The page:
It's a story about Raj Sharma who meets three young women at different stages in his life: Mahi, a small-town girl from Punjab; Radhika , an aspiring model in Mumbai; and Gayatri, a non-resident Indian student in Australia. He runs from one conquest to another only to crash into true love.
London-based Luv Agnihotri decides to end his bachelorhood and asks his Bollywood film-maker brother, Kush, to find a bride for him - much to the displeasure of his Dehradun-based father. Kush accordingly meets and interviews a variety of women and finally selects Delhi-based Dimple Dixit, a woman he had known before, to be the perfect match. Dimple and Luv meet on-line and are attracted to each other, so Luv travels to India where the two families can get the couple formally engaged. Watch as things spiral out of control when Dimple, finding she prefers Kush, insists he elope with her. Written by
rAjOo (email@example.com) / revised by statmanjeff
Cast list incorrectly identifies Arfeen Khan's character as "Ajju Agnihotri." Ajju is the brother of Dimple Dixit. Dimple's fiancé Kush has the last name "Agnihotri." Ajju's last name is, and should have been listed as, "Dixit," not "Agnihotri." See more »
You're amazing, Dimple. First you endanger my life, then you ask me to say thank you.
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Decades ago, there was a time when good movies and successful movies meant the same thing. Content was the king and filmmakers made good movies in order to be successful. But then things changed. Commercial success and good quality cinema became distant from each other. Chak De India and Company became less and Ready, Om Shanti Om and Tees Maar Khan started defining success.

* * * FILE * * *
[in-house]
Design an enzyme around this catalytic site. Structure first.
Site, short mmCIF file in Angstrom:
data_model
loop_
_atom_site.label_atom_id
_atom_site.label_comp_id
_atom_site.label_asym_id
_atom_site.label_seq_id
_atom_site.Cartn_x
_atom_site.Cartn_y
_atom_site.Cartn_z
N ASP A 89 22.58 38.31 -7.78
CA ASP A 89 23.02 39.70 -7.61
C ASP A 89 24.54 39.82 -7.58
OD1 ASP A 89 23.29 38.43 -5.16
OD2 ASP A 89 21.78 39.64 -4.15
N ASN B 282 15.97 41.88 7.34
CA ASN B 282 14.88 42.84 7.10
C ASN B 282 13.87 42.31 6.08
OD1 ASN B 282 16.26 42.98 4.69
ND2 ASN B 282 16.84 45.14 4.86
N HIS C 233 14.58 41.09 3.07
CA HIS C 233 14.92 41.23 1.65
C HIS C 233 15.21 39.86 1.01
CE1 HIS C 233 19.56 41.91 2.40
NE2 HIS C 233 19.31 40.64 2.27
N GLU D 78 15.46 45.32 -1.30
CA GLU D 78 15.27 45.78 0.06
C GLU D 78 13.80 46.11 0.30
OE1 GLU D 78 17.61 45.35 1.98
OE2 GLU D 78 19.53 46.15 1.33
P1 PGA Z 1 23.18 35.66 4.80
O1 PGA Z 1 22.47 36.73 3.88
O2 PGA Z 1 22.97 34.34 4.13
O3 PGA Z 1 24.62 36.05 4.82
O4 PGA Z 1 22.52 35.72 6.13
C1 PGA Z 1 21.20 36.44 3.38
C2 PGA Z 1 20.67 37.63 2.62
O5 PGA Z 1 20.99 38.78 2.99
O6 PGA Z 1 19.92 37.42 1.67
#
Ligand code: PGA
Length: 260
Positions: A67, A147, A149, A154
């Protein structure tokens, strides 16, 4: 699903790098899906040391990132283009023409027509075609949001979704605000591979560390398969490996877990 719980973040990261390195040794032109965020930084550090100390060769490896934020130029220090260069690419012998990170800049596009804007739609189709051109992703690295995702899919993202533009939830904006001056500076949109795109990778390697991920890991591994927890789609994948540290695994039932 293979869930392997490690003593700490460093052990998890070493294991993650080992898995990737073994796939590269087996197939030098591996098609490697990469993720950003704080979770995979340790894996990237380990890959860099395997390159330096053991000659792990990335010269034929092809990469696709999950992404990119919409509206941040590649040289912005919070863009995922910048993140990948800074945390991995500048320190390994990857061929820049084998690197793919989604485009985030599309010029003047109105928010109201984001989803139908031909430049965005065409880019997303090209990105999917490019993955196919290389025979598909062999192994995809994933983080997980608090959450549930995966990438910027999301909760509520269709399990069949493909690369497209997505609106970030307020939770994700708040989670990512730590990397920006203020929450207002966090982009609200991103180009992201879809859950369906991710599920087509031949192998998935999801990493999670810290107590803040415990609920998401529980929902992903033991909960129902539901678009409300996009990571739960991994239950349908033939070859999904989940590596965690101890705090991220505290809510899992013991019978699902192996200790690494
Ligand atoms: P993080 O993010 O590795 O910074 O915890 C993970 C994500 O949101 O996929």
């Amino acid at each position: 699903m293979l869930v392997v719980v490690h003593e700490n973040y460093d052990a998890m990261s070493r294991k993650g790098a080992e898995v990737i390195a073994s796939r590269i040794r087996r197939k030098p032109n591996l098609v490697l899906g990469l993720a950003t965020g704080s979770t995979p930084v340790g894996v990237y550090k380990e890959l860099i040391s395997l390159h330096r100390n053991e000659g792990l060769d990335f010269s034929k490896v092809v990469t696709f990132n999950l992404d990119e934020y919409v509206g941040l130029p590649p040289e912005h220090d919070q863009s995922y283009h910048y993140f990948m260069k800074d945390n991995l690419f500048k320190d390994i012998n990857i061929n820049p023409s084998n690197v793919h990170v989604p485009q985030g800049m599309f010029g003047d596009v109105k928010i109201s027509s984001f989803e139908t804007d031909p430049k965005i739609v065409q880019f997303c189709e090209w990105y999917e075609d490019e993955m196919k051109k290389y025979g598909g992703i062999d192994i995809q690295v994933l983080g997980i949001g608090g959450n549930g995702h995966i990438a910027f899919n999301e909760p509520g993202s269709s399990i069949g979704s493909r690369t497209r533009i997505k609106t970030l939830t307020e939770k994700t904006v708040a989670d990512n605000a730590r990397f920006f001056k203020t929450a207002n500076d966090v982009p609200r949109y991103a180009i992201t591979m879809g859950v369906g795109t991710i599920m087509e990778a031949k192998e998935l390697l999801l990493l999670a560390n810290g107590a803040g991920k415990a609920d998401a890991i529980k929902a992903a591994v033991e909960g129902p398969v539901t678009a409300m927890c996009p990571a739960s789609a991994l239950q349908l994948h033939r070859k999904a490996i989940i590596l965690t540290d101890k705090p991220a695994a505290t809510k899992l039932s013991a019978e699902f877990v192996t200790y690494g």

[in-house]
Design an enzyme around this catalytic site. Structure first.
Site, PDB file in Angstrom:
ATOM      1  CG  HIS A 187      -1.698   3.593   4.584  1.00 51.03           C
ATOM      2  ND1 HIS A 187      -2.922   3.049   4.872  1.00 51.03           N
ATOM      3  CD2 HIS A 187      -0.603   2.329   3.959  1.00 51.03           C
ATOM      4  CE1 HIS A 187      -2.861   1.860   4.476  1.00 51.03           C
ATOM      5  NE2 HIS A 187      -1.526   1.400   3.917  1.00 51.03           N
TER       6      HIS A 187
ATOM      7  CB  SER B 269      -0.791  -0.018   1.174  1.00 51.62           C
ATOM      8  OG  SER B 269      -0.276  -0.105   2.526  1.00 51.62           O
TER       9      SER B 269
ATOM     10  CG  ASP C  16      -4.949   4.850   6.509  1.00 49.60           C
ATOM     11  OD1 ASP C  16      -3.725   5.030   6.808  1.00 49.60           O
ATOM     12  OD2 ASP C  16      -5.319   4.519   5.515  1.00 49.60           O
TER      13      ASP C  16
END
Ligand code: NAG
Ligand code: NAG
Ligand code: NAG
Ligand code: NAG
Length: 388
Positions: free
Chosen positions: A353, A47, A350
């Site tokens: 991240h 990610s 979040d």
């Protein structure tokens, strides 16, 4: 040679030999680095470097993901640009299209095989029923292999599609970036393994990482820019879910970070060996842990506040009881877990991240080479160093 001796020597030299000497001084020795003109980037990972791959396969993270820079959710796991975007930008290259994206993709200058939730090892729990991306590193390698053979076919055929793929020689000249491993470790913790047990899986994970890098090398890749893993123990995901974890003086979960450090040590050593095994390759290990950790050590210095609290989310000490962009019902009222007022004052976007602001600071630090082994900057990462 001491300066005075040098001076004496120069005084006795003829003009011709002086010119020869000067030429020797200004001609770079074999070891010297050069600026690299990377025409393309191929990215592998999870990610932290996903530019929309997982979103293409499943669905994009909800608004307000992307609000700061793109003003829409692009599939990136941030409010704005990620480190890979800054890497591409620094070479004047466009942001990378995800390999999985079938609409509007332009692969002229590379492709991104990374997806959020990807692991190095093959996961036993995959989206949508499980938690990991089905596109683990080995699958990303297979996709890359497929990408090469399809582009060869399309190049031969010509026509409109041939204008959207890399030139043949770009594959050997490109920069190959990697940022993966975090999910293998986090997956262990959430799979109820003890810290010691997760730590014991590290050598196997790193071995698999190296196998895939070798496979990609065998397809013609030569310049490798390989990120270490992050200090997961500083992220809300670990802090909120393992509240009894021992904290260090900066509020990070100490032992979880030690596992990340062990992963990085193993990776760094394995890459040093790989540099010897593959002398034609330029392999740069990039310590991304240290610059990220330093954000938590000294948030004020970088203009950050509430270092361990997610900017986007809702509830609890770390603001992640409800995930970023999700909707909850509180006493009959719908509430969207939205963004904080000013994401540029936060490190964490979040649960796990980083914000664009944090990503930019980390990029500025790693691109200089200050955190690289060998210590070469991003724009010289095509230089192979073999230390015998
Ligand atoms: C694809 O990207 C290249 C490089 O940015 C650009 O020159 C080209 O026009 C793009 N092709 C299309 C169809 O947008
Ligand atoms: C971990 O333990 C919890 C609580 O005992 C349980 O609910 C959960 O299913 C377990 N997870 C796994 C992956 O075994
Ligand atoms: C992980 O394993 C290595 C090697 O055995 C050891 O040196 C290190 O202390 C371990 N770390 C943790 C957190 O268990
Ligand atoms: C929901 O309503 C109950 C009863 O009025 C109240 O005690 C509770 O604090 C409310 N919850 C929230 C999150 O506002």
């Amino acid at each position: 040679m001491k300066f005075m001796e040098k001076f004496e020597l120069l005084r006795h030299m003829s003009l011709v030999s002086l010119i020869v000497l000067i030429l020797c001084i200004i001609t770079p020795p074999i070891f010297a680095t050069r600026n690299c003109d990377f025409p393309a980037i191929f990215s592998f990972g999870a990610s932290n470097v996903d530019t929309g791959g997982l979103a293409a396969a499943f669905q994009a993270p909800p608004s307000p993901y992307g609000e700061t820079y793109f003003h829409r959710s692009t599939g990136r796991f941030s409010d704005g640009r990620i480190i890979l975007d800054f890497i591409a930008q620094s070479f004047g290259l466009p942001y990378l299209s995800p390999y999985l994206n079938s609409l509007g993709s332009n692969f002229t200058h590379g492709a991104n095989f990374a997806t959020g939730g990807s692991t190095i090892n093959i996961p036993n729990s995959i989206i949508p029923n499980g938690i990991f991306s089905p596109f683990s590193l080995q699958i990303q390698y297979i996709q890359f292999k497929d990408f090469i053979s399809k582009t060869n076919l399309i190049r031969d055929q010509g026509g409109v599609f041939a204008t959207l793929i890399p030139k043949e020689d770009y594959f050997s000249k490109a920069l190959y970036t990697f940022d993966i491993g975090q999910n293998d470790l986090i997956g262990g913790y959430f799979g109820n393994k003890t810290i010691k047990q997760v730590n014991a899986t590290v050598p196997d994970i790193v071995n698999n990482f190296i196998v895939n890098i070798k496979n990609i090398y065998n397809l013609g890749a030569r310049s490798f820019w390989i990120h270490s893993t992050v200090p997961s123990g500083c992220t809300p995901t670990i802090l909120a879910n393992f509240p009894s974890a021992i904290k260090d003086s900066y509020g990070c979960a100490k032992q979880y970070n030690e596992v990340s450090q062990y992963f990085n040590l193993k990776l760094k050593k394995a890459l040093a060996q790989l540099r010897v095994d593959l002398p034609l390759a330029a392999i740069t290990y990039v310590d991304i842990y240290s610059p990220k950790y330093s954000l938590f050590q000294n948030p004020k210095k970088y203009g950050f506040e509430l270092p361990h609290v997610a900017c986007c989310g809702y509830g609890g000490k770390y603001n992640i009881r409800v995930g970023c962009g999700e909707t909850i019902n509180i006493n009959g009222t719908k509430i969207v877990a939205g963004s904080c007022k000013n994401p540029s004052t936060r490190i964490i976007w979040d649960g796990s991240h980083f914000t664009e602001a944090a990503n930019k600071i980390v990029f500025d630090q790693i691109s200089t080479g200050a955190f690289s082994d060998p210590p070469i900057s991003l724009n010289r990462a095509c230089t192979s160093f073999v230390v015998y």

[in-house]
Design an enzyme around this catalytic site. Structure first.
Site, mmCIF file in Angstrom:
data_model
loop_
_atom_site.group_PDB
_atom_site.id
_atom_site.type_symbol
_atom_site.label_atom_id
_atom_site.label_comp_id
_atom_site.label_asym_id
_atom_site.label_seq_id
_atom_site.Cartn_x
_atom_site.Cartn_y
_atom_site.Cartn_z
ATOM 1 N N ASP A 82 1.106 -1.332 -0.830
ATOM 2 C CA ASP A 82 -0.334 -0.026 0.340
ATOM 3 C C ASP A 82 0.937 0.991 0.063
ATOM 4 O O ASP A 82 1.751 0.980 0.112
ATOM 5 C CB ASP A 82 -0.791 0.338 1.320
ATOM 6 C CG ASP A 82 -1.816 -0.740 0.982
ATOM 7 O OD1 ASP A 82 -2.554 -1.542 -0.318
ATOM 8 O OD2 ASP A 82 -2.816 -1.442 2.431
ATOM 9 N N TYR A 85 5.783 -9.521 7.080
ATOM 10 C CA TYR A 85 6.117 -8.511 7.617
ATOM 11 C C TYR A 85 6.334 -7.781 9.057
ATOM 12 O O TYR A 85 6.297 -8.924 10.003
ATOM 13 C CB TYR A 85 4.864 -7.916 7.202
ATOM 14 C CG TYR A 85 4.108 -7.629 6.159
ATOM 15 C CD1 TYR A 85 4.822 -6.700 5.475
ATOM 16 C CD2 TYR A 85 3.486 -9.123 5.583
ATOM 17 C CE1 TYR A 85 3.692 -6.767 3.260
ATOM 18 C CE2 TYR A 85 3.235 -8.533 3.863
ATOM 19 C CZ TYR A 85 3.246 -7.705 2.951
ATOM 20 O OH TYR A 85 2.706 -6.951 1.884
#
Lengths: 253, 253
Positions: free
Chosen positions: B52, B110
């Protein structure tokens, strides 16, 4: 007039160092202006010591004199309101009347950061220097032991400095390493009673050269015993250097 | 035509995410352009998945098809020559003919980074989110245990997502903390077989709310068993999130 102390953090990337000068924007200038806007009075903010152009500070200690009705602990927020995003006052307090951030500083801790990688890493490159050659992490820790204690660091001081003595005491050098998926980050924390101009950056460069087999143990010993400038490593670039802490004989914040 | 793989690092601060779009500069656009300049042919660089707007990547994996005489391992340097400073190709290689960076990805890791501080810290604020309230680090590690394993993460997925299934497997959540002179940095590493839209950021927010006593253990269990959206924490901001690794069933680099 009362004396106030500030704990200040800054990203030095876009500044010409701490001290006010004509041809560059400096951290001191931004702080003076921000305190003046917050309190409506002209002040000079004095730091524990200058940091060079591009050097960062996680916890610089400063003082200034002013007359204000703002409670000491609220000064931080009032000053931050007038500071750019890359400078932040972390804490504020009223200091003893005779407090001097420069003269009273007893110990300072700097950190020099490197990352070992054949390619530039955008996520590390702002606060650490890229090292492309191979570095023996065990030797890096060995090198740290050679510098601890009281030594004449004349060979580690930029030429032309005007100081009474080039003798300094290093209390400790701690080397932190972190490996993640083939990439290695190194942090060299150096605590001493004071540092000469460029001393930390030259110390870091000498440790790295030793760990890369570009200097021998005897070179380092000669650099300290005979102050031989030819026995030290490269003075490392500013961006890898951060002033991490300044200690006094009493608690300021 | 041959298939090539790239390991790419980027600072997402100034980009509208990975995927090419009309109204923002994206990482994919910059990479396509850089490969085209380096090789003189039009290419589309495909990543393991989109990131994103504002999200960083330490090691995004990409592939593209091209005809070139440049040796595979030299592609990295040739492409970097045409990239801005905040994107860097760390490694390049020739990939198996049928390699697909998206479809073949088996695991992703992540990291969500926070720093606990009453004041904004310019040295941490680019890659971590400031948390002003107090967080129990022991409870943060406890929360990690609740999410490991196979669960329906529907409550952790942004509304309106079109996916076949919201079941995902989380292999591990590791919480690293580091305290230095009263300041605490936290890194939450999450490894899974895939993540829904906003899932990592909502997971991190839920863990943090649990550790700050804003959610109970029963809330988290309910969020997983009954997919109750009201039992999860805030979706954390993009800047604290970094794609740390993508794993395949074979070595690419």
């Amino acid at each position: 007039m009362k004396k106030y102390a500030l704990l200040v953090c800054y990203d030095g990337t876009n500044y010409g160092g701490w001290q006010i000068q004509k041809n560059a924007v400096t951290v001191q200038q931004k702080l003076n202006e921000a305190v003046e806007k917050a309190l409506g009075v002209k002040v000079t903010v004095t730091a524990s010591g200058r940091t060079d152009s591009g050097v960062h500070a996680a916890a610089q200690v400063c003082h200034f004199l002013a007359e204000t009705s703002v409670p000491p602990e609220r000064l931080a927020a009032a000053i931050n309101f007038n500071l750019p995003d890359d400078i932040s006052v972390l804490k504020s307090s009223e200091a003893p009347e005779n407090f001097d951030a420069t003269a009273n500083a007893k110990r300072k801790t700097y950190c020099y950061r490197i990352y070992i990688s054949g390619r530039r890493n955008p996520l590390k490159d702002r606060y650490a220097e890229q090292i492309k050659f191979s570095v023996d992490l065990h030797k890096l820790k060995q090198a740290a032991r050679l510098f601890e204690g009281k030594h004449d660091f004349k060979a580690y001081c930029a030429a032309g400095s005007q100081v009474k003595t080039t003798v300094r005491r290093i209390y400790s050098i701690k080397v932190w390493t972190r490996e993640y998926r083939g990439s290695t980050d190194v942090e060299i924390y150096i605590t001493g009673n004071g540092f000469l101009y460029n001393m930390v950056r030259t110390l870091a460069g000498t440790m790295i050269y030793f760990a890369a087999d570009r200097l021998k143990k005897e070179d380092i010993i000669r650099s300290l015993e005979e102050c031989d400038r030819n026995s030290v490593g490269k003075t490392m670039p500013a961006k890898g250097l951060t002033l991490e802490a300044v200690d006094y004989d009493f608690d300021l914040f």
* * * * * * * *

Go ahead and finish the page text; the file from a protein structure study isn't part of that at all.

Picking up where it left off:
This overdose of commercialism also results in films like Mere Brother Ki Dulhan (MBKD) where the corporates decide on the cast first and script comes later. Is script important to filmmakers or to the masses? Probably not. The success of Ready and Bodyguard assure that it's not. Then why fuss about the story of MBKD? Masses in the 100% occupied theater in the late night show were giggling and laughing. The guy sitting next was literally rolling on the floor. It doesn't matter if 10% of the people sitting in that theater did not like the script because they will not decide the success or failure of the film.
MBKD is a love triangle, pretty much a love rectangle, of Imran Khan, Katrina Kaif, Ali Zafar and Tara D'Souza. Ali, who breaks up his five year long relationship with Tara, assigns his younger brother Imran the task of finding him a bride in India. Imran finds Katrina and falls in love with her much to his own dislike and the trouble begins. Along come extremely unnatural dialog delivery, roughly cut sequences and superfluous song placements. As promising as the premise of the script sounds, it's the extremely unpersuasive first hour that makes the film a drag. Every actor is trying to defeat the other in overacting. On the plus side, the film has pretty good choreography especially in the title song where Chaiyan Chaiyan has been replicated in a very creative way and Madhubala which gives a new life to Jai Jai Shiv Shankar. Bosco-Ceaser, good show, boys.
The second half gets much better after a relatively mundane start and does get funny in a few segments. A big reason for this turnaround is Ali Zafar who has much more screen presence in the second half than the first.